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Apple's latest ad: Not enough crazy?

A new ad presented at Monday's WWDC exuded warmth and pleasantness. But did it also show how much revolution Apple has left behind?

Sweet. But hardly revolutionary.
Apple/YouTube Screenshot by Chris Matyszczyk/CNET

Here's to the warm and cuddly ones.

It doesn't quite make one's smaller hairs salute, does it?

In recent years, Apple has tried various advertising routes, yet its default is still the tender, the human and the ever so slightly safe.

On Monday, in conjunction with its WWDC 2013 stage extravaganza, the company released an ad that echoed a huge amount of warmth and yet somehow offered a chilling relief to what used to be.

I was watching a presentation given recently by Apple's most experienced advertising creative director, Lee Clow.

In it, Clow explained how, in order to buy the company time to create truly revolutionary products, it released the "Here's To The Crazy Ones" ad, one of the most moving and brilliant of all time. (I have embedded it below, in case you weren't alive at the time.)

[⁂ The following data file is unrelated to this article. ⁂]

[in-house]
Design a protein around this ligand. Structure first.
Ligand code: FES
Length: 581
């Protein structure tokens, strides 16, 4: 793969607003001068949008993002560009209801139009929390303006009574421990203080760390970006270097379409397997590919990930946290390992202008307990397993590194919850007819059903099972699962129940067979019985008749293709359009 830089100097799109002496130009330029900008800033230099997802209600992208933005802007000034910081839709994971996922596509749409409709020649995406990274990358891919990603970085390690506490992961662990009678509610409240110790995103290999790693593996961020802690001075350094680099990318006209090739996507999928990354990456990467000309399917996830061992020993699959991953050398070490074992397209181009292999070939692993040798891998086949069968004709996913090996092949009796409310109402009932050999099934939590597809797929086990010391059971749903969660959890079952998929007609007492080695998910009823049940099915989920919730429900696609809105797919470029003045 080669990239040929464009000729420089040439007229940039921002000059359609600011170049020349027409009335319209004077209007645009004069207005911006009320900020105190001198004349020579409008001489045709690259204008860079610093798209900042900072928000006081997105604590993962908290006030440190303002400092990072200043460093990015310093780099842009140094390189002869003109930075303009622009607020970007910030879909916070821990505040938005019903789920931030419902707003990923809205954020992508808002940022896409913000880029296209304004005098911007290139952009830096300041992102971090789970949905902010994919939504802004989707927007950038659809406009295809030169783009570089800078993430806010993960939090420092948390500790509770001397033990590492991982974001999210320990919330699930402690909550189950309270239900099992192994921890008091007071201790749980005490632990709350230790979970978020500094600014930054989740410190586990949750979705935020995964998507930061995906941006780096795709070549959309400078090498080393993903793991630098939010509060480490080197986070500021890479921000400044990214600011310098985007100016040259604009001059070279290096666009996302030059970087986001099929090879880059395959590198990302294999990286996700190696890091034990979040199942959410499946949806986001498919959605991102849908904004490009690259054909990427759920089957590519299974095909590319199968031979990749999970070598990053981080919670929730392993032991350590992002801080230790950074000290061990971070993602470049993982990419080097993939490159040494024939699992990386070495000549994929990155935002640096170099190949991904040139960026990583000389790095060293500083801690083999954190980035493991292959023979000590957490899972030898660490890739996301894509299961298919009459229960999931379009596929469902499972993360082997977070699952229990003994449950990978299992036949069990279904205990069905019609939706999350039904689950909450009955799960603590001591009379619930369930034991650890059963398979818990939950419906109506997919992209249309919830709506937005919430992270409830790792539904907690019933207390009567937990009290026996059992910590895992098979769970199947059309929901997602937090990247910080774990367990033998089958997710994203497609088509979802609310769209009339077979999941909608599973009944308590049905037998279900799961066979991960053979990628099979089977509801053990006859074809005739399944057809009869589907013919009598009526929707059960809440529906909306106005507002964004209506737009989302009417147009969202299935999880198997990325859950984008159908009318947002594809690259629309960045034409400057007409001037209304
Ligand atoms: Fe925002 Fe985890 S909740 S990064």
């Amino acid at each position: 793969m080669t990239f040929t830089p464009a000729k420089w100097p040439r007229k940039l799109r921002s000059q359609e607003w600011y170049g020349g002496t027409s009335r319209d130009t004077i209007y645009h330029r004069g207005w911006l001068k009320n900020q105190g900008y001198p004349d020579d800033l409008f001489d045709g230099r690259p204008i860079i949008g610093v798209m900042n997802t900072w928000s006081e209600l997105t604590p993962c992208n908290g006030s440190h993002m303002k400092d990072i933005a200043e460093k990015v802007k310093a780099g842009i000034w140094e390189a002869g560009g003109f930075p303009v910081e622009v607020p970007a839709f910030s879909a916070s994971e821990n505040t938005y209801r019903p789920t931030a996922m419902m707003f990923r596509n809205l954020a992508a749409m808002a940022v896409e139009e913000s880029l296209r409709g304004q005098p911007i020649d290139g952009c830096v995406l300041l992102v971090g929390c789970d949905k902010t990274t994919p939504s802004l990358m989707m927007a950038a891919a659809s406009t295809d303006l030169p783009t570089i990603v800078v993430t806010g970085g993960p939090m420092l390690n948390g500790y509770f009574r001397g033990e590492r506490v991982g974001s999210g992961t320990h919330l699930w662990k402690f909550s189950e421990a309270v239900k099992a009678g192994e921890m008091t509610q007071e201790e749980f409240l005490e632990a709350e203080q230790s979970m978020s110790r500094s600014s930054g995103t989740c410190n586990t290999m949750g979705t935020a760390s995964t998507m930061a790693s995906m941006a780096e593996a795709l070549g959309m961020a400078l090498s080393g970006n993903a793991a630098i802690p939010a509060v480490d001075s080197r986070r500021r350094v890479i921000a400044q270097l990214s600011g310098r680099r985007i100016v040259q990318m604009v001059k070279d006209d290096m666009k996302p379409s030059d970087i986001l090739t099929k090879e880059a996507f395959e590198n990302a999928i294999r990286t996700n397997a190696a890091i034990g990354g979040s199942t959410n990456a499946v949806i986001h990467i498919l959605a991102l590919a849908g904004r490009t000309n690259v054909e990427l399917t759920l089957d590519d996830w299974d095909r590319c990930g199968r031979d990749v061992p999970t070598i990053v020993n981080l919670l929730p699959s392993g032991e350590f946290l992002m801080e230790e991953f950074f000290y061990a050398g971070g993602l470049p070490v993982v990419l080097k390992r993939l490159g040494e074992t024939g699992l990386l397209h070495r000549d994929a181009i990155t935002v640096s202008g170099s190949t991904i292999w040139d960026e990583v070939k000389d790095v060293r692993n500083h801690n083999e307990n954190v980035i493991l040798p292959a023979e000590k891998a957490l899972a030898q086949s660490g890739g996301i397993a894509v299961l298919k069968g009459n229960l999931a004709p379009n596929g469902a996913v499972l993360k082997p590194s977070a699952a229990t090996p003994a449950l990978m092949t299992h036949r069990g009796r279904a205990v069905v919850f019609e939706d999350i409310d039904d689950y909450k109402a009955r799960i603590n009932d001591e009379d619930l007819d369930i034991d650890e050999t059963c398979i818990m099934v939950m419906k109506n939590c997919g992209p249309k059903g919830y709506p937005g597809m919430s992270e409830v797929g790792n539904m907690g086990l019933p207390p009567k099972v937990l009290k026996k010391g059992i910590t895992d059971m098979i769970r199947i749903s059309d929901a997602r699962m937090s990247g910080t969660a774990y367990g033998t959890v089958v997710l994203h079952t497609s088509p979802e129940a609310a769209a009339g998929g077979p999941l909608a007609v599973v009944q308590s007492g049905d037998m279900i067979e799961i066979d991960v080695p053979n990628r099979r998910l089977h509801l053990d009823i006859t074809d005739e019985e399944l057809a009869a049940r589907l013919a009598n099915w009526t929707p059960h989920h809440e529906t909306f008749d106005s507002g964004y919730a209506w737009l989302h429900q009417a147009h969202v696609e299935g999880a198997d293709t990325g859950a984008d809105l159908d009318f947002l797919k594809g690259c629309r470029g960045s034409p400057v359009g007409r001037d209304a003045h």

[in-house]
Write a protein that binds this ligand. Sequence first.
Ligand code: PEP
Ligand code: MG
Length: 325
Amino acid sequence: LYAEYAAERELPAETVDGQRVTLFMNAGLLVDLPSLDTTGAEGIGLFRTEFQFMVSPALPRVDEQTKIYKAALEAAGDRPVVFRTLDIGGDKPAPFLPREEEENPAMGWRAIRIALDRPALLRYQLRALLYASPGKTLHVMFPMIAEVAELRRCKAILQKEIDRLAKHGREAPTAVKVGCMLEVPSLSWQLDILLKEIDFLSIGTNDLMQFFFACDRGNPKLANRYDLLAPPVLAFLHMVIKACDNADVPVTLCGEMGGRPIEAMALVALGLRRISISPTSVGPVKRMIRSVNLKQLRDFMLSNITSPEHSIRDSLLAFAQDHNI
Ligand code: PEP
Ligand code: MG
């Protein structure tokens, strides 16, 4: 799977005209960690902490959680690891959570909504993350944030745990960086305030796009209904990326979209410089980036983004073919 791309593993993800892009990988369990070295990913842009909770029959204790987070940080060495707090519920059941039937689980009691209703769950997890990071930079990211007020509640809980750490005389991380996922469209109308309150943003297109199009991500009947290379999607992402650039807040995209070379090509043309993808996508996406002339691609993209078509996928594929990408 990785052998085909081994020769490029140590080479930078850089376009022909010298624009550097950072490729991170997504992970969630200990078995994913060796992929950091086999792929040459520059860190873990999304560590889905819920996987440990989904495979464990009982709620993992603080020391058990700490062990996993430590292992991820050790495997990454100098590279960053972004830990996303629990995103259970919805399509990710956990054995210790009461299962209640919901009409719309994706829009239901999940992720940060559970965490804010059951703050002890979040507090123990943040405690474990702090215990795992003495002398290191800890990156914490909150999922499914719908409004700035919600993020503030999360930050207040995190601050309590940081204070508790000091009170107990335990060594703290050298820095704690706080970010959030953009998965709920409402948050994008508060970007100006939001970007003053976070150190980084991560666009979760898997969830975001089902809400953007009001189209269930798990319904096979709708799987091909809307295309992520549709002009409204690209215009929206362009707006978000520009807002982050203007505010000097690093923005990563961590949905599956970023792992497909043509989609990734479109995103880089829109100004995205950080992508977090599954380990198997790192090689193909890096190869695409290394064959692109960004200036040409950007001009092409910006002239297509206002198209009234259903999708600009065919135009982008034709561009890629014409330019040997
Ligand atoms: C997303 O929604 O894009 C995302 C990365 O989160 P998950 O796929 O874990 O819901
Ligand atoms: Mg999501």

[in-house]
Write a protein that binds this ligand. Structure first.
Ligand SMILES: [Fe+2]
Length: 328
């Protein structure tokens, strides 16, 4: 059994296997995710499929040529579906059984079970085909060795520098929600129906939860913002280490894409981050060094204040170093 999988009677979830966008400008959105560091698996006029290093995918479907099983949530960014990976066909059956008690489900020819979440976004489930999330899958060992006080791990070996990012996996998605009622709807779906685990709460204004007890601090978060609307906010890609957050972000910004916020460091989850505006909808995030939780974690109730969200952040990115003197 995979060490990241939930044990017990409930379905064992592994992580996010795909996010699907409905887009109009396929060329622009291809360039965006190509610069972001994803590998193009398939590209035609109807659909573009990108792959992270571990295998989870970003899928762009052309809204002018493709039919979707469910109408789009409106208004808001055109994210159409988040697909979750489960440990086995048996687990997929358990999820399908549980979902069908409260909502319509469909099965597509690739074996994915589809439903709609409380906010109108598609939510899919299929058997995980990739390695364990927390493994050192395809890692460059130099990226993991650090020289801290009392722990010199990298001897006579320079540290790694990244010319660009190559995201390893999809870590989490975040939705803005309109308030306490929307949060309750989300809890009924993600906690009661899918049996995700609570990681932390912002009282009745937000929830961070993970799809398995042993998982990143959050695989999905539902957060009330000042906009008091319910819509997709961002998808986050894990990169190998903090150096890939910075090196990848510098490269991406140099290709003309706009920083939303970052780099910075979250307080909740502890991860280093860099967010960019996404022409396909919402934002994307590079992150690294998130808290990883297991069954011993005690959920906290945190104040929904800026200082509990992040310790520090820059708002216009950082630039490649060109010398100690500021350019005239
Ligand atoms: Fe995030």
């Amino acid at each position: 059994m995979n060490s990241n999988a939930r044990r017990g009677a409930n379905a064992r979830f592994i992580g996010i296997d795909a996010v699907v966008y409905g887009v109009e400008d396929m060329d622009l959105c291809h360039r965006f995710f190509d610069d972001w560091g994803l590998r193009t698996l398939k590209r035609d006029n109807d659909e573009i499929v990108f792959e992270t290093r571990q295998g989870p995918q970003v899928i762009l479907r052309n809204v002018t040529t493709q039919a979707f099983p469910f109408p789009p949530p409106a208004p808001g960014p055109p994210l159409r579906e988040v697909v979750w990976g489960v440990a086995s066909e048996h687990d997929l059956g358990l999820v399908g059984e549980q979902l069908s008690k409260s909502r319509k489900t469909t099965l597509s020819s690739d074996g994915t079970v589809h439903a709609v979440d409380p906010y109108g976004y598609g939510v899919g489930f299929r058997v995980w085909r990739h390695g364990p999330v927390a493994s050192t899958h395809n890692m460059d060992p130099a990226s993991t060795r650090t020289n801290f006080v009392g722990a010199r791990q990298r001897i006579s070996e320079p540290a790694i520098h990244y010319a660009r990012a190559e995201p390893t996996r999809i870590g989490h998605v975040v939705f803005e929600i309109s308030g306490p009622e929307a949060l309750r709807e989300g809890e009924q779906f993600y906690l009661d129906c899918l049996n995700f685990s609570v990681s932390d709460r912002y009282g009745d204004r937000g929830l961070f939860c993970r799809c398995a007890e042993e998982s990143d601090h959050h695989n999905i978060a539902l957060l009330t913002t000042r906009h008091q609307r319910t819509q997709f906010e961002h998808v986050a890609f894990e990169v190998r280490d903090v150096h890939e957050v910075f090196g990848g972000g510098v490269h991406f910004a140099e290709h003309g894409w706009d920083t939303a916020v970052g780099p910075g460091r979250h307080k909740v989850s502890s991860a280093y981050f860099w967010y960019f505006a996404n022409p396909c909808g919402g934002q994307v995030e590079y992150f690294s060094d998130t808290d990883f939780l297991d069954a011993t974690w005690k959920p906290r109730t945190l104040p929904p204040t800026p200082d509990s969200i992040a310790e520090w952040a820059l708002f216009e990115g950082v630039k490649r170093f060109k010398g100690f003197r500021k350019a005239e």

This ad promised a revolution that it ultimately delivered: products that startled. Products that seemed to emerge from the imagination of someone who had ingested very interesting substances voluntarily.

Monday, by contrast, we saw safe images of lovely people from around the world.

It could have almost been an ad for a nation's tourism authority. Which, in a sense, it is. Apple is now so much more international, so much more scrutinized, just so much bigger.

Suddenly, we see happy people all around the world. We an explicit approval of using your iPad in a restaurant, instead of talking to the locals. And we hear boasting, as opposed to ambition.

Are these the new crazy ones?

The world has changed. But in a period where Apple has yet to reveal the next revolution, the promise of a revolution would somehow be stirring.

Certainly the new iOS 7 design offers a step forward: grace and taste to replace that painful Game Center icon and its friends.

But even the crazy ones find it hard to create revolutions all the time.

You have to wait and just be happy with what you've got.

The patience level of Generation Instant might not be that high. So it would be heartening if, instead of using the word "product" in ad, Apple could offer a higher promise.

Perhaps it still will.